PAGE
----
“I think you feel so good and comfortable with him defensively in the game,” Stevens said of Smart following Wednesday’s game. “I thought he did fine offensively. He had eight assists to two turnovers. He didn’t shoot a high volume of shots. I can’t think of many times where he made many mistakes defensively.
“He’s playing pretty well — without impacting the stat sheet too much, which is a good thing,” Smart’s coach concluded regarding his impact.
Even Smart’s peers around the league are taking notice of his abilities.
“I think he’s pretty good,” Denver point guard Ty Lawson confirmed following the game. “He’s tough. He’s pretty strong. He’s going to be a good defender in this league.”
But what’s the biggest impact of the C’s lineup change so far? Marcus Smart is a winner. The Celtics are 2-0 so far when he starts at point guard.
|Will any current Celtics make a future All-Star Game?||01.30.15 at 12:55 pm ET|
Is anybody on this Celtics team capable of playing in a future All-Star Game?
The current 14-man roster shares one All-Star bid, as Gerald Wallace appeared as a reserve in 2010, but the real question is whether or not any of the eight players currently under the age of 25 will ever receive an invitation. Needless to say, nobody on this year’s Celtics even cracked the top 50 vote-getters for good reason.
While we shouldn’t give up all hope on Kelly Olynyk or James Young just yet, it’s safe to assume Jared Sullinger and Marcus Smart offer the best hopes among these Celtics for a future All-Star nomination. So, let’s take a look at how the 2015 NBA All-Stars fared at the same stage of their careers as that C’s tandem.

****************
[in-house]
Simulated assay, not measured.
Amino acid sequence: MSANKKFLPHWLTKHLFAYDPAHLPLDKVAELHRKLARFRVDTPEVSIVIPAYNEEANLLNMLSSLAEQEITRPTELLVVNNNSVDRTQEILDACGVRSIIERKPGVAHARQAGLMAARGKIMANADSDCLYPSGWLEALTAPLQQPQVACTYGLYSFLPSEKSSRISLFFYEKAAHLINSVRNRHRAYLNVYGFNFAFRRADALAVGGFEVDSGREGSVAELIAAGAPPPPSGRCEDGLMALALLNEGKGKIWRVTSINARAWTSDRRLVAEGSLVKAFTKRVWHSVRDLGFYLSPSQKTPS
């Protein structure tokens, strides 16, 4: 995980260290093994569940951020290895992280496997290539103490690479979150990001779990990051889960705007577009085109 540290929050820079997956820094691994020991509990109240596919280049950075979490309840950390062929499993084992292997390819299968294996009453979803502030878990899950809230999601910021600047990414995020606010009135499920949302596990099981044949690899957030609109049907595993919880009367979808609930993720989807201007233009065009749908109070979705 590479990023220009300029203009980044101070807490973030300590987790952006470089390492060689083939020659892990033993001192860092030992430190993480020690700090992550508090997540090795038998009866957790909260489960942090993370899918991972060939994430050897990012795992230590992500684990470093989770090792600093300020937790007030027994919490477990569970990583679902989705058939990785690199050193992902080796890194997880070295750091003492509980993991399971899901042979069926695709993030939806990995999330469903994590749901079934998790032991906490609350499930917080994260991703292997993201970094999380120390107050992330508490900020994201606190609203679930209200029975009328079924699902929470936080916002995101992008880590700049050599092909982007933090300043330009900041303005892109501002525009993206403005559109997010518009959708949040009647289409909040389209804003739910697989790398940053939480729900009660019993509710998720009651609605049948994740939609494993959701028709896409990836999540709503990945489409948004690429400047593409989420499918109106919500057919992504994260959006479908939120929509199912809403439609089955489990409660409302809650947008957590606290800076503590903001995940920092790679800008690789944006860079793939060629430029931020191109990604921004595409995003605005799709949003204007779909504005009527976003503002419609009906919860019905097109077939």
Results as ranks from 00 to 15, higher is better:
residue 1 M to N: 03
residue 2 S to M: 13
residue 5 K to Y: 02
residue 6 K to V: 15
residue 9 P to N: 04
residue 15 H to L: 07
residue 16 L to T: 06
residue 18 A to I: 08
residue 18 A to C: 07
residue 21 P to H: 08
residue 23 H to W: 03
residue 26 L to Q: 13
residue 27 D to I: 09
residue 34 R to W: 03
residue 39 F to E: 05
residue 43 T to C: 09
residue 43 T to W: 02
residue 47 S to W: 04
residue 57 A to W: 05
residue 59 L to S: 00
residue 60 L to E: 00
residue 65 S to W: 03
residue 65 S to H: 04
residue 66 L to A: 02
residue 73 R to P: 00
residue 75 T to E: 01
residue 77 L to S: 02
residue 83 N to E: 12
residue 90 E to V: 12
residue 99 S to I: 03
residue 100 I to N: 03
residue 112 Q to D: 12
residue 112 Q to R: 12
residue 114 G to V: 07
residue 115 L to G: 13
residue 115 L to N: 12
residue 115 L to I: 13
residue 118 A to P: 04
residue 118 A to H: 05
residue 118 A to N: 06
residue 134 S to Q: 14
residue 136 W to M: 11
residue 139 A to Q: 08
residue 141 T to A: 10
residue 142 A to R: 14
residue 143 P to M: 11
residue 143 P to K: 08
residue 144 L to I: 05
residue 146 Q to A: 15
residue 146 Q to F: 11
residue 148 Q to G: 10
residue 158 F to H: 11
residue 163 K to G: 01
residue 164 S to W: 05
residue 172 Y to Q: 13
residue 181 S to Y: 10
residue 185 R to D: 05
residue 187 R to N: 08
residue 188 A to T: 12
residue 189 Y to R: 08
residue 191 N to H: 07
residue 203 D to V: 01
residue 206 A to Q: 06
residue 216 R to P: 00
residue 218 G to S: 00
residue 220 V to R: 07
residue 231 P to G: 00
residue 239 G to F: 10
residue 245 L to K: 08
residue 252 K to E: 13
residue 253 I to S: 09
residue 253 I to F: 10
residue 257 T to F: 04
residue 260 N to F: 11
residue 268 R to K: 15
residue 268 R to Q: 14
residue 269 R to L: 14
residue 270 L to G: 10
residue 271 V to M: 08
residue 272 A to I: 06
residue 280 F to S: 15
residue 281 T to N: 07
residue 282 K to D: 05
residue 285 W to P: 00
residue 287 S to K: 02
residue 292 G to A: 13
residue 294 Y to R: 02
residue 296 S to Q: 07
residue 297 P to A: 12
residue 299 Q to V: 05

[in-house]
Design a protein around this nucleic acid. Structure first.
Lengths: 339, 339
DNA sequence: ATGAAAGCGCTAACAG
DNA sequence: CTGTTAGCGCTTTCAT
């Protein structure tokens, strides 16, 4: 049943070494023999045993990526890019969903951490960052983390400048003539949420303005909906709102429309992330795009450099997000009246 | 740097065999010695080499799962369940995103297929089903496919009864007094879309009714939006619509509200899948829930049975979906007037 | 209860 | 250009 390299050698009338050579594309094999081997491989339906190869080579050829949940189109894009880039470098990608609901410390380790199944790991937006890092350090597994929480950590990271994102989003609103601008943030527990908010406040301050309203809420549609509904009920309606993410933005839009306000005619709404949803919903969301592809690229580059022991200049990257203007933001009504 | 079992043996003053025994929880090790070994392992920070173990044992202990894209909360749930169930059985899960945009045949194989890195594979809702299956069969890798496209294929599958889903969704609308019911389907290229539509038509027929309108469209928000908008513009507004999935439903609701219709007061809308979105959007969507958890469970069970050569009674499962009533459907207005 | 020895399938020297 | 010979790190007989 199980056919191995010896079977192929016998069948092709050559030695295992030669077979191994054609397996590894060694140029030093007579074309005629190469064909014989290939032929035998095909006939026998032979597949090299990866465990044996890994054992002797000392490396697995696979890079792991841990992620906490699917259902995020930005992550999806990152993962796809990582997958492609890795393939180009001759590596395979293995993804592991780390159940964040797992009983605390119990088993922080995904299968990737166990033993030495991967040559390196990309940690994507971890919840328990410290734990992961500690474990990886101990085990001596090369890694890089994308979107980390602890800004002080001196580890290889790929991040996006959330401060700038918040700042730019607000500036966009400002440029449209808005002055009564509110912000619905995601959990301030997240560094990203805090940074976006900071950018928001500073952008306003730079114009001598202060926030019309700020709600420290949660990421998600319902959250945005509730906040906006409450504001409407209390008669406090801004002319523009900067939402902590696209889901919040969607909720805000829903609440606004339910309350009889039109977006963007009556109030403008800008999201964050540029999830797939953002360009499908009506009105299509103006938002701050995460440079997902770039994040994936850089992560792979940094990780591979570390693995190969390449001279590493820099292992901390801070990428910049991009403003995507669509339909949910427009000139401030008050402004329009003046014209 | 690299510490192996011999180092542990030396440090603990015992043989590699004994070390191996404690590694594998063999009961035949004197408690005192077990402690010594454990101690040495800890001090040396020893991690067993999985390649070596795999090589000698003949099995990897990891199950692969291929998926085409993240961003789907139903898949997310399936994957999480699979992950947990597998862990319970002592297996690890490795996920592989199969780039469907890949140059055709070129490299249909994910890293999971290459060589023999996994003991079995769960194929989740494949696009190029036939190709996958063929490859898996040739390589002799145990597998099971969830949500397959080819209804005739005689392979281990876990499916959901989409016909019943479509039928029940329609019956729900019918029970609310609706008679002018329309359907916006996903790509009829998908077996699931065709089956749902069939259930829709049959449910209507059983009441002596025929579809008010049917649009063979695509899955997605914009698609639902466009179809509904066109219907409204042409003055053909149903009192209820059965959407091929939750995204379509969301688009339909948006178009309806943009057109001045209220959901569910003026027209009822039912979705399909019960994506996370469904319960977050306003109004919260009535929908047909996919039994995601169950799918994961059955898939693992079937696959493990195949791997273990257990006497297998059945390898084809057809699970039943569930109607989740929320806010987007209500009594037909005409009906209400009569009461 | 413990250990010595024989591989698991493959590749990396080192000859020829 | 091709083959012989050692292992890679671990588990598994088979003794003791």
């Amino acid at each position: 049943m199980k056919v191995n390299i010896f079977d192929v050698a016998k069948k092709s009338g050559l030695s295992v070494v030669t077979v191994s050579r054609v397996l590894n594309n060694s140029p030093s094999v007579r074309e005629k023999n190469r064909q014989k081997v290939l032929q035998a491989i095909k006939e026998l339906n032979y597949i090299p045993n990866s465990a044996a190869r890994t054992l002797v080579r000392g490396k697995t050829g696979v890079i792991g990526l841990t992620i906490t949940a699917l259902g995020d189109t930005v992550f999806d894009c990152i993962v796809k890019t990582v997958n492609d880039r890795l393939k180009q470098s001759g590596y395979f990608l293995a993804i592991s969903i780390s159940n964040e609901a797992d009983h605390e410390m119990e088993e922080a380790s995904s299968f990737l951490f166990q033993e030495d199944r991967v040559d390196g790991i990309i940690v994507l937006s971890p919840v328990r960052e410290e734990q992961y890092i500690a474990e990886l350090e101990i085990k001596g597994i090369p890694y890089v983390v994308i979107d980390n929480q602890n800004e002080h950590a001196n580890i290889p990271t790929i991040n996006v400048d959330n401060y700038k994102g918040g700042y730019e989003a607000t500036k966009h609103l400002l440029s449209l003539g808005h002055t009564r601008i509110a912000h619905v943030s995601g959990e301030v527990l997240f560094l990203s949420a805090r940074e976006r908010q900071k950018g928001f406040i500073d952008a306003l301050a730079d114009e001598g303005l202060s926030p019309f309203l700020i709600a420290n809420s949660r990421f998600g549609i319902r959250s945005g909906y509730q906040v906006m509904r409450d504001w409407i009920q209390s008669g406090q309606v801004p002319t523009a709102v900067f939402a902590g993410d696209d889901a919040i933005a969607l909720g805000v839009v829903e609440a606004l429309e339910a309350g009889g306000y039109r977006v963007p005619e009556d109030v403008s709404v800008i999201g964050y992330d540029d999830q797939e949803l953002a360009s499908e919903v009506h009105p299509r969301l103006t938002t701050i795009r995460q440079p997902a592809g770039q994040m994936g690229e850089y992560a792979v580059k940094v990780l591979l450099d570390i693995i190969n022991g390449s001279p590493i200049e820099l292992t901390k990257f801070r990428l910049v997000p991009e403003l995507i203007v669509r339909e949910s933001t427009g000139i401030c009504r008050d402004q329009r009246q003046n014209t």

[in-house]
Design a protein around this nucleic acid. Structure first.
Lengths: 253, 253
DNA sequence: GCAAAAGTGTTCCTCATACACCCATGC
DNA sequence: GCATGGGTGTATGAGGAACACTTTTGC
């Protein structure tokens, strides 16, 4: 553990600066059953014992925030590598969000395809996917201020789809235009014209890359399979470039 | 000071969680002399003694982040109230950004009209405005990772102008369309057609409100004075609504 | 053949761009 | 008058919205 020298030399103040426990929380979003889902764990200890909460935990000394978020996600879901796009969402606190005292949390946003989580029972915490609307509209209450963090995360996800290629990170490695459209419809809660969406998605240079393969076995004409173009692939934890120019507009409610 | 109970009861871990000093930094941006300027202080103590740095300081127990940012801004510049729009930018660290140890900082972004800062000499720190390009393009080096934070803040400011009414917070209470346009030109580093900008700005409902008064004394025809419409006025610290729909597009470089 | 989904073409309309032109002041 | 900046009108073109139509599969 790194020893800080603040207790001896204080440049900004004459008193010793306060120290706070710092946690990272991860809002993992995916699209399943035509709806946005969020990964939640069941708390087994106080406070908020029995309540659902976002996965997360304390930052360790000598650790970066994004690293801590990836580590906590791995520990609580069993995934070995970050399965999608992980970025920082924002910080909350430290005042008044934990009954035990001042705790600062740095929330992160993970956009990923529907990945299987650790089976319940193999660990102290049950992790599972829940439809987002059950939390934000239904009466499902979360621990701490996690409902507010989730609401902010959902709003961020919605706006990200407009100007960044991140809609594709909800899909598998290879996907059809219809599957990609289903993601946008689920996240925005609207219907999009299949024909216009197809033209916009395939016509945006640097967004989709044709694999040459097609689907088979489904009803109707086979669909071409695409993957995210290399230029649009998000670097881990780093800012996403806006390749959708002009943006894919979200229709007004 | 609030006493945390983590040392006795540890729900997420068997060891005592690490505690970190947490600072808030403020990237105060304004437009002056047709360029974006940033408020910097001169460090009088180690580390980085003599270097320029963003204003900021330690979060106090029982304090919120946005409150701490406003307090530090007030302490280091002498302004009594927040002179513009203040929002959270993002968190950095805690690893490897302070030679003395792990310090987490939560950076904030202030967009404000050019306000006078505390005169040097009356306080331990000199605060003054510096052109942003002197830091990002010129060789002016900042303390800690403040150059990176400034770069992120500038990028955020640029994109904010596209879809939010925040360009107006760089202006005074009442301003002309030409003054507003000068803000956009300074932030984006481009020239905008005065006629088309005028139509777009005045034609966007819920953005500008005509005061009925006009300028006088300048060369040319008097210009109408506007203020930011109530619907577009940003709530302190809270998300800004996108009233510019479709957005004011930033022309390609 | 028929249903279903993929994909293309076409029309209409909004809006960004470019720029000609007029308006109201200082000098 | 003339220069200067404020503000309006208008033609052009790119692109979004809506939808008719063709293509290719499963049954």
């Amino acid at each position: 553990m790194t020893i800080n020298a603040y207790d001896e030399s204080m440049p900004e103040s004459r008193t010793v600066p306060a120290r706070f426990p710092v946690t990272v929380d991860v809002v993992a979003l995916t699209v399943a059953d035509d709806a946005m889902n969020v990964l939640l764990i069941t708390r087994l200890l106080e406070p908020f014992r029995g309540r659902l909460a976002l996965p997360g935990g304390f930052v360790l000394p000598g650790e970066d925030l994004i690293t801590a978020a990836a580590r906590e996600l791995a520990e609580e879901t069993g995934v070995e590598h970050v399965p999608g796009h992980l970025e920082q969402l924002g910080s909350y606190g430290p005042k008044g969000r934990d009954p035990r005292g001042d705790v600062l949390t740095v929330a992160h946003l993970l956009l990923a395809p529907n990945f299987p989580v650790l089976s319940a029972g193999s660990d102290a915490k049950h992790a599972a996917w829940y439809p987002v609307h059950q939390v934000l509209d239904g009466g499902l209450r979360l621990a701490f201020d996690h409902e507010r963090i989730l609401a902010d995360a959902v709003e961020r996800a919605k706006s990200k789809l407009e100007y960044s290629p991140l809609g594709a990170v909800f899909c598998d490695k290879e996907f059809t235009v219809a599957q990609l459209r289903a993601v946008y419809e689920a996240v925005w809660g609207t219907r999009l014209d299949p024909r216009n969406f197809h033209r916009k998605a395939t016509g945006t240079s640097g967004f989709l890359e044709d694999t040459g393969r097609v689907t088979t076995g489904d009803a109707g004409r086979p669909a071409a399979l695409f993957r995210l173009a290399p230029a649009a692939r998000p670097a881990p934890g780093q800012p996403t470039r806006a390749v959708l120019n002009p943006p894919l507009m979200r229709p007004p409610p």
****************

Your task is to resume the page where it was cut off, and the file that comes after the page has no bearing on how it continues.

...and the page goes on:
Midway through his rookie season, Smart has averaged 6.7 points (54.3 true shooting percentage), 3.2 assists against 1.2 turnovers, 2.4 rebounds and 1.1 steals in 22.2 minutes over 30 games. How do those numbers rate against the pre-All-Star rookie averages for the 12 guards who made this year’s East and West rosters?
|Marcus Smart talks about his much-improved jump shot||01.13.15 at 5:36 pm ET|
Marcus Smart has spent much of his rookie season battling through injuries. Lately, however, Smart has been quietly improving upon one of his biggest weaknesses — his jump shot.
It’s no secret that Smart needs to improve his 3-point shooting. I wrote about it — and why his lack of a shot means he should drive to the hoop more — earlier this season. Even Smart is aware of the criticism of himself, but that doesn’t mean he can’t fix it.